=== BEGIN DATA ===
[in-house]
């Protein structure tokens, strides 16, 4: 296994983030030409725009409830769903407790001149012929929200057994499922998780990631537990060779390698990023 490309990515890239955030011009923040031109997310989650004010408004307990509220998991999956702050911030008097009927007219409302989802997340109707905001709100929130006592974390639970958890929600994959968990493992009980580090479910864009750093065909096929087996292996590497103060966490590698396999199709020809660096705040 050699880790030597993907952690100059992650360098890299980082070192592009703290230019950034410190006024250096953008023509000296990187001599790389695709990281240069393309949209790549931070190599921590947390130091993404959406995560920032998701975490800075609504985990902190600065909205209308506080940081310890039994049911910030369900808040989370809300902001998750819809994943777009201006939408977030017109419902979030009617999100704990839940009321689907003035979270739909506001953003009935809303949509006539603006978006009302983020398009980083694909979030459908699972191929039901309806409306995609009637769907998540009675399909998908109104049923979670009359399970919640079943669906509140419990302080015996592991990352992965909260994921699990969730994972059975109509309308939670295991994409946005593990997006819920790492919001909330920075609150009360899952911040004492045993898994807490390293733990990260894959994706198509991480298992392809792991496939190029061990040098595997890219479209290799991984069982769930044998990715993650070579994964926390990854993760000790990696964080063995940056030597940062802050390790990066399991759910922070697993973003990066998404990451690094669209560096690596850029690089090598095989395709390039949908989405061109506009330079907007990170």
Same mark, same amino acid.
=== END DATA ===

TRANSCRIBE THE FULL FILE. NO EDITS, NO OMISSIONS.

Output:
[in-house]
């Protein structure tokens, strides 16, 4: 296994983030030409725009409830769903407790001149012929929200057994499922998780990631537990060779390698990023 490309990515890239955030011009923040031109997310989650004010408004307990509220998991999956702050911030008097009927007219409302989802997340109707905001709100929130006592974390639970958890929600994959968990493992009980580090479910864009750093065909096929087996292996590497103060966490590698396999199709020809660096705040 050699880790030597993907952690100059992650360098890299980082070192592009703290230019950034410190006024250096953008023509000296990187001599790389695709990281240069393309949209790549931070190599921590947390130091993404959406995560920032998701975490800075609504985990902190600065909205209308506080940081310890039994049911910030369900808040989370809300902001998750819809994943777009201006939408977030017109419902979030009617999100704990839940009321689907003035979270739909506001953003009935809303949509006539603006978006009302983020398009980083694909979030459908699972191929039901309806409306995609009637769907998540009675399909998908109104049923979670009359399970919640079943669906509140419990302080015996592991990352992965909260994921699990969730994972059975109509309308939670295991994409946005593990997006819920790492919001909330920075609150009360899952911040004492045993898994807490390293733990990260894959994706198509991480298992392809792991496939190029061990040098595997890219479209290799991984069982769930044998990715993650070579994964926390990854993760000790990696964080063995940056030597940062802050390790990066399991759910922070697993973003990066998404990451690094669209560096690596850029690089090598095989395709390039949908989405061109506009330079907007990170």
Same mark, same amino acid.